In order to understand the tension that these days prevail in the Baltic capitals, it is enough to look at the map. Exercises will be held in: the western military region of Russia; Kaliningrad; and throughout Belarus. The spatial arrangement is such that a semicircle about three formerly Soviet republics is formed, today EU and NATO members – Estonia, Latvia and Lithuania. Their leaders, as expected, are reminiscent of the Russian annexation of Crimea and the conflict in Ukraine that is still ongoing. Poland, a more powerful military neighbor, first pulled a concrete step, closing the air space on the border with Belarus in September. In Kiev, according to the first reactions, exercises are perceived as an ideal cover for a new attack by the armed forces on their territory.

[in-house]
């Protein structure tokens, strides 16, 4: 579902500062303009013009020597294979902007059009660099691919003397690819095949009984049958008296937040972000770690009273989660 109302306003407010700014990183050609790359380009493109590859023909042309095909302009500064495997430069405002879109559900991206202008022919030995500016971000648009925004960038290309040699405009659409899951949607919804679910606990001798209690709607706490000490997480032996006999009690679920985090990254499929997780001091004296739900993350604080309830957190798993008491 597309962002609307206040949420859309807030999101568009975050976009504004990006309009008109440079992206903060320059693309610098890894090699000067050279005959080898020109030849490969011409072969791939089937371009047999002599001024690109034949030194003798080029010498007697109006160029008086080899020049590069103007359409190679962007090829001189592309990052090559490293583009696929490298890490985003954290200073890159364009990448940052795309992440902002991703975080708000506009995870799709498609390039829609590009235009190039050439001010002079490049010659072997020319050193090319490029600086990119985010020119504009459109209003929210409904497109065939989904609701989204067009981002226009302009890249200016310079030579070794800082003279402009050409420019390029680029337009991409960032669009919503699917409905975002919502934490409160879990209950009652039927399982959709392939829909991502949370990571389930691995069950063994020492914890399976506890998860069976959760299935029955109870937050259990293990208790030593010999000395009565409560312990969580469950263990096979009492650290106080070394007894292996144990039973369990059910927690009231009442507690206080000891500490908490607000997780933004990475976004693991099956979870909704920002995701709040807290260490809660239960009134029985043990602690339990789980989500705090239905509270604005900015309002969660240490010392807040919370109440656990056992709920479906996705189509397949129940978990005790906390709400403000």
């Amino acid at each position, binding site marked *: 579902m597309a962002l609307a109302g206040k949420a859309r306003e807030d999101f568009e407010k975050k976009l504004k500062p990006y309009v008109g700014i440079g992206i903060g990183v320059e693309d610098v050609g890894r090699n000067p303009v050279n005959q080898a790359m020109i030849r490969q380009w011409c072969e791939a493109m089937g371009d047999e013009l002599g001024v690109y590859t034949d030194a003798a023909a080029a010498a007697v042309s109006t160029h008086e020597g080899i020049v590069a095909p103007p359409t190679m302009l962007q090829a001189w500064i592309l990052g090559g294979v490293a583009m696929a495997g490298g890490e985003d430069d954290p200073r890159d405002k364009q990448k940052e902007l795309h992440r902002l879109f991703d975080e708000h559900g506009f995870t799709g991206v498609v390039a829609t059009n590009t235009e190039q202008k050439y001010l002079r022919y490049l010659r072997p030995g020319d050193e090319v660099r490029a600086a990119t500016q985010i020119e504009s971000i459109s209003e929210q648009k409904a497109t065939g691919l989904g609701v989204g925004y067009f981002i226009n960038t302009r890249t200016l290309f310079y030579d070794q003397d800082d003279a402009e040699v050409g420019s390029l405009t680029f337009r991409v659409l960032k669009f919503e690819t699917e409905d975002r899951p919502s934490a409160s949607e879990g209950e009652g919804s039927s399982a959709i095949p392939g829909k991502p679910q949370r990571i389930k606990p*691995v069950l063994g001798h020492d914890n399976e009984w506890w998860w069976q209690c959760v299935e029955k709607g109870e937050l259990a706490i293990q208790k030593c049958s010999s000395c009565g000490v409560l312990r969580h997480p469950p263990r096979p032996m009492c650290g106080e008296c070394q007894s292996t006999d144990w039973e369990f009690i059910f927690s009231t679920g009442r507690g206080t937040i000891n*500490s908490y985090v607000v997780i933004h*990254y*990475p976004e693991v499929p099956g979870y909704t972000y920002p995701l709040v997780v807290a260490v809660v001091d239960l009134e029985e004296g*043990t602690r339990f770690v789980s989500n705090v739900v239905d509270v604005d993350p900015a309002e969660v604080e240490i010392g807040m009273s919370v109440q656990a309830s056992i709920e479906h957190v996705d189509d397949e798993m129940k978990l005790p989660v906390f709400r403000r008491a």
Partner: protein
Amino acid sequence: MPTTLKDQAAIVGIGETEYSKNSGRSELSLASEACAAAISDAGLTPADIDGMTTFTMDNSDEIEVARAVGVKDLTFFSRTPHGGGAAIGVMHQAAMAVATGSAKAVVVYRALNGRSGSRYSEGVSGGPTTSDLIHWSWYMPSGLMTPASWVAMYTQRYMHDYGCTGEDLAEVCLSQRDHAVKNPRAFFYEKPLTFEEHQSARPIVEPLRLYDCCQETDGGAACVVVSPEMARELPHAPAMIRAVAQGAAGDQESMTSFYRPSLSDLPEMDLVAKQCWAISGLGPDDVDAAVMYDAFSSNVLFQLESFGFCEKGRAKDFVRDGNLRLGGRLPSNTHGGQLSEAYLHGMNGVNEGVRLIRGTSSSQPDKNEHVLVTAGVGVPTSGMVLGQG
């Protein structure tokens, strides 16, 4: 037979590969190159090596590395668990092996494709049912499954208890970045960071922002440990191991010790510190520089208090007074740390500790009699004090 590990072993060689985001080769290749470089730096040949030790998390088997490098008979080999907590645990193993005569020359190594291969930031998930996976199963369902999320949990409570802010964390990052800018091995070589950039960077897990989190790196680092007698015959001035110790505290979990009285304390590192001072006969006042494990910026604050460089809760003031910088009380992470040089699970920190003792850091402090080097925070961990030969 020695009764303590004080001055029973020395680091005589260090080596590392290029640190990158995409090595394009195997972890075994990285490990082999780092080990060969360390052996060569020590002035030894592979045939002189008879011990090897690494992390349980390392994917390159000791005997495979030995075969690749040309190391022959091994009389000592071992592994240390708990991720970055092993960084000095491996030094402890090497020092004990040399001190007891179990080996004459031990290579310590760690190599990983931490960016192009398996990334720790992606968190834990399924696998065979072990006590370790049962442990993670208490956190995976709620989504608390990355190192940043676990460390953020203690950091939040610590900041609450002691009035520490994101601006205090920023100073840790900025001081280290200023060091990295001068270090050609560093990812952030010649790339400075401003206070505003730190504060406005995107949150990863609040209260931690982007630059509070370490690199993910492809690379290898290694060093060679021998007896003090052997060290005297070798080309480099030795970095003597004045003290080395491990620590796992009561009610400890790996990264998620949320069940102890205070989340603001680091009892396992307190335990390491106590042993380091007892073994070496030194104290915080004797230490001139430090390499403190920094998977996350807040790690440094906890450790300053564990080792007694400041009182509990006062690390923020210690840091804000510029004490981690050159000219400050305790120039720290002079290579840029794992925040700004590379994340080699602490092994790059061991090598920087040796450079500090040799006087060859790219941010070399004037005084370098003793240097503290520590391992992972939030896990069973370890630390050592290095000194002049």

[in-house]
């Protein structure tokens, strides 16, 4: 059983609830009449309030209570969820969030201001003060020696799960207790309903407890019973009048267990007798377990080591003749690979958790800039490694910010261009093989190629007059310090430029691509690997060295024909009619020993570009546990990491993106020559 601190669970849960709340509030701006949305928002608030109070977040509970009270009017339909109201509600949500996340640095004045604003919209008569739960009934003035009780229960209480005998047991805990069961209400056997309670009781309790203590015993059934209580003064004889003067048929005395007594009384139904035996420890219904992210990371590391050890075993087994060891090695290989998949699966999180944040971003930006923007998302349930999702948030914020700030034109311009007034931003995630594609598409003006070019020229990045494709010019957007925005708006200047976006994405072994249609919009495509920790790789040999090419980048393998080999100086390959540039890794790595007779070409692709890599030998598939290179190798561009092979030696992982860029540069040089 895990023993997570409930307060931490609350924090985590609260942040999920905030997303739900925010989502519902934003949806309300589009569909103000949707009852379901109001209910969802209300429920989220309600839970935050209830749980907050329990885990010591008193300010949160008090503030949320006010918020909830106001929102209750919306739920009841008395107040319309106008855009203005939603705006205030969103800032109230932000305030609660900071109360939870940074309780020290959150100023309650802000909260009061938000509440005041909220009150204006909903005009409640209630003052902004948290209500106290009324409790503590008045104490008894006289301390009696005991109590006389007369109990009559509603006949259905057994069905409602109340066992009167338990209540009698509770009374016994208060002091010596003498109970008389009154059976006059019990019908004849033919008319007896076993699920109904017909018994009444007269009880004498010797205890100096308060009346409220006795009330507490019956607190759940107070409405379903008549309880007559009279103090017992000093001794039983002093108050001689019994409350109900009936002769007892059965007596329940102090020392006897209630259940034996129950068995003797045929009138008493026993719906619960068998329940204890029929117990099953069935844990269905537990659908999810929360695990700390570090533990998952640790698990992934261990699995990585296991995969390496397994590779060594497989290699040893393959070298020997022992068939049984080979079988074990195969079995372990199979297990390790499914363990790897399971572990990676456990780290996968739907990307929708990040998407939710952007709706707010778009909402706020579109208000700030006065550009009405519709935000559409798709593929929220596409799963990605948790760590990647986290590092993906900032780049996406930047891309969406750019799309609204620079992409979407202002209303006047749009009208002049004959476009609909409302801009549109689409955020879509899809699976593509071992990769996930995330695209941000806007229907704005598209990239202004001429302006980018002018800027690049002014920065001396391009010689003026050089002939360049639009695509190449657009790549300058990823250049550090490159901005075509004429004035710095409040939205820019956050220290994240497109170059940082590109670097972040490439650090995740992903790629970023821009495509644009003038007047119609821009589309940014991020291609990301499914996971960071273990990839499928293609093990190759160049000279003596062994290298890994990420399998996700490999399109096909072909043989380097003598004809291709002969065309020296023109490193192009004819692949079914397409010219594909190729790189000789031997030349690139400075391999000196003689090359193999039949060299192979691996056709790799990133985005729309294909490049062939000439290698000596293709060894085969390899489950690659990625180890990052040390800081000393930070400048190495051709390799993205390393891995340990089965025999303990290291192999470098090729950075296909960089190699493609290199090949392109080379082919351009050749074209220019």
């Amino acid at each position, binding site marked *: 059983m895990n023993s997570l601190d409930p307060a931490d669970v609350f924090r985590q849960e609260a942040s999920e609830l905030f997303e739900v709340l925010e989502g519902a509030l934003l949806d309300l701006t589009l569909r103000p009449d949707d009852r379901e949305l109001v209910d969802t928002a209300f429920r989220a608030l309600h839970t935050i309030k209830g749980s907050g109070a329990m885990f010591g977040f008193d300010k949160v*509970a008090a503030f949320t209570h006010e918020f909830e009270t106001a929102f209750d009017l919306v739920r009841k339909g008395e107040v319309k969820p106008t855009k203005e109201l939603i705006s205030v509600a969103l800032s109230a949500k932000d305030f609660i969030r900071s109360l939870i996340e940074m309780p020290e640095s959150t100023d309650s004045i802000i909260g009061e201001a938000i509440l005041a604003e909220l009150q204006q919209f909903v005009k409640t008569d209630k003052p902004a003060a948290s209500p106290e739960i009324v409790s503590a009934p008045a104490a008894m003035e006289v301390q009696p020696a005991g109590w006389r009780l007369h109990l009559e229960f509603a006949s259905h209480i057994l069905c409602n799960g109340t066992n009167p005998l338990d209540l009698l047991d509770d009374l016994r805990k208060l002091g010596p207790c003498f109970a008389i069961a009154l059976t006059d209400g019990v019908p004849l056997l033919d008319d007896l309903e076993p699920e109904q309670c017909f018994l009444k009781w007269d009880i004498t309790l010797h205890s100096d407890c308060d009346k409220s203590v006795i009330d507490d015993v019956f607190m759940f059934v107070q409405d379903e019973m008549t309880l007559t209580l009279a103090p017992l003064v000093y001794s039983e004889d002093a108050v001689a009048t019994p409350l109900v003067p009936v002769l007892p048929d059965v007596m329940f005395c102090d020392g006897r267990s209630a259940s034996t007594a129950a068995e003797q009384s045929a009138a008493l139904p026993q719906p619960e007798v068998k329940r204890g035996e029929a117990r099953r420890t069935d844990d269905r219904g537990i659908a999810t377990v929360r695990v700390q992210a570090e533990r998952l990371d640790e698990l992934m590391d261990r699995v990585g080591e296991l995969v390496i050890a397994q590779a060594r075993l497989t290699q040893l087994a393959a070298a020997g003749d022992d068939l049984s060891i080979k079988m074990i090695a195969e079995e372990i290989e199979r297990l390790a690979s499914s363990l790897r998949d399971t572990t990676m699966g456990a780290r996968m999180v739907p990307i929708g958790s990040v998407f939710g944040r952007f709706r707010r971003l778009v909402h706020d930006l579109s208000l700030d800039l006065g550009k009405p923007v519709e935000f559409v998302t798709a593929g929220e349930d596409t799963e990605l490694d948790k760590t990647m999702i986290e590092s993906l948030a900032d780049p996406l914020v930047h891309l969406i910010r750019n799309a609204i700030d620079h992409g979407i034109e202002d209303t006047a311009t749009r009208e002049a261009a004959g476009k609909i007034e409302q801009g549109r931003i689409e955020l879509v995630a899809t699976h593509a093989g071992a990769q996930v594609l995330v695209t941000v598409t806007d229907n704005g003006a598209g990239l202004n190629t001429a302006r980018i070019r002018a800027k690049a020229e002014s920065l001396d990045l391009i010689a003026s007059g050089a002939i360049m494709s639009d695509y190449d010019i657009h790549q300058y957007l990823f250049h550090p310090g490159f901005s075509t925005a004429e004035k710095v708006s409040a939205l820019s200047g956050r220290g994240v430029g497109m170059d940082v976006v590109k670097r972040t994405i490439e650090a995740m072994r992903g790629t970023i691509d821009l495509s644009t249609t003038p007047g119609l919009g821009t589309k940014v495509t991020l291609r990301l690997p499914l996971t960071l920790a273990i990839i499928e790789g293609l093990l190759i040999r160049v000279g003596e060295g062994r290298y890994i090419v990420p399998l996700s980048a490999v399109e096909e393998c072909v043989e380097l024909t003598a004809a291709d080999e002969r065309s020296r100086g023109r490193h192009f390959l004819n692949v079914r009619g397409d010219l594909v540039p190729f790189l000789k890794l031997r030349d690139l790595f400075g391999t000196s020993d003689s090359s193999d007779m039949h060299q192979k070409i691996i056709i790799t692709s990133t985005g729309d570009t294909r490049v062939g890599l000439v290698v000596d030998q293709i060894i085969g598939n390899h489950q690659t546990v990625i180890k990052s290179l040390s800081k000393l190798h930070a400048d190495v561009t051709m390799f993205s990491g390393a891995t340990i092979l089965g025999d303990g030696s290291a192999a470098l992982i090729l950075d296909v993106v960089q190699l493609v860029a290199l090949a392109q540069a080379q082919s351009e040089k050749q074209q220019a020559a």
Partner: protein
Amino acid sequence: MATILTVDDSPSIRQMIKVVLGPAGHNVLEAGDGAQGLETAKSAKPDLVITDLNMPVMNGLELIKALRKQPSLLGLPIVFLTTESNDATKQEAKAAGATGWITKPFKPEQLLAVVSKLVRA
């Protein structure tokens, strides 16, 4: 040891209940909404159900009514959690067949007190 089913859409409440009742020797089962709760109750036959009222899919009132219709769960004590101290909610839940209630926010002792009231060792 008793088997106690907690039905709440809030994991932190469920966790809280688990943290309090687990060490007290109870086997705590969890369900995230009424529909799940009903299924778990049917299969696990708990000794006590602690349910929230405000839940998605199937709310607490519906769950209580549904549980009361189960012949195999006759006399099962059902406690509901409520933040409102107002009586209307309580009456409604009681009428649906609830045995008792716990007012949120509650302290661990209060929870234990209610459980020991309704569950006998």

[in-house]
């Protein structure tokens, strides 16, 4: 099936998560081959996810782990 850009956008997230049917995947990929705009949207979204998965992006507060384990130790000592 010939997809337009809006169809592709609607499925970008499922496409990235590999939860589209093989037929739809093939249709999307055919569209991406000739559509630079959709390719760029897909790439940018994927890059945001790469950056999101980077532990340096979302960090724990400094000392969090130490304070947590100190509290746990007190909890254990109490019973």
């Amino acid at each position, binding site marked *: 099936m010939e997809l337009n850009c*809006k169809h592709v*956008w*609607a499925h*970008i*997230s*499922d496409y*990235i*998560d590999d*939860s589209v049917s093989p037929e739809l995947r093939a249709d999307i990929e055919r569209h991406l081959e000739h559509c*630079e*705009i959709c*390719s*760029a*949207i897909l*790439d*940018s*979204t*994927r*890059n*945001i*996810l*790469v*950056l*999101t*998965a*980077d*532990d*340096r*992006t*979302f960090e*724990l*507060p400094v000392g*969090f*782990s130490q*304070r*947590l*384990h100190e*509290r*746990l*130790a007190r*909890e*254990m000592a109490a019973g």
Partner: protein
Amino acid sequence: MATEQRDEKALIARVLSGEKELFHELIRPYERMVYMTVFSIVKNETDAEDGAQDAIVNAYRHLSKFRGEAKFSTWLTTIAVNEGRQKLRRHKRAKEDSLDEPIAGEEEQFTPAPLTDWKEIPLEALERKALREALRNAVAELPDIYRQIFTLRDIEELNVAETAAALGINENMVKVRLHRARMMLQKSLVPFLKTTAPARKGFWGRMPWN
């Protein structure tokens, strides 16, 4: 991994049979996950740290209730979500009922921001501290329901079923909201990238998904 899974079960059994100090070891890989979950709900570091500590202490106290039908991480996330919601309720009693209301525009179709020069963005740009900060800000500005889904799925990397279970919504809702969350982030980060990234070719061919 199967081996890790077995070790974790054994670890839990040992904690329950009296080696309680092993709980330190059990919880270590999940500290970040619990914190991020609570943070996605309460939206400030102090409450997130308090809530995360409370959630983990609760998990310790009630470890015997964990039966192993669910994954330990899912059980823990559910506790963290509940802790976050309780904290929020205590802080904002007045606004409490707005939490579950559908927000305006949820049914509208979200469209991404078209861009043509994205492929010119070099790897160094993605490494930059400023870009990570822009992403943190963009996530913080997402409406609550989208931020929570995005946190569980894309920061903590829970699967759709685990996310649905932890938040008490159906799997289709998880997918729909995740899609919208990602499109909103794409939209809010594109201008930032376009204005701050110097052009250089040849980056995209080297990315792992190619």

The first problem from the perspective of countries such as the immediate environment and the West is that the Russian and Belarusian parties have not announced the holding of exercises, nor have they invited NATO to send observers – which has been a regular practice so far. This would mean that the two countries have violated the provisions of the Vienna Agreement of 2011, which was agreed with the mediation of the OSCE in order to strengthen confidence and build security, and increase transparency in the treatment of the armed forces. At the same time (which was also the subject of the agreement), no exercise scenario was presented, and it is speculated that some sort of conflict with NATO will also be simulated this time.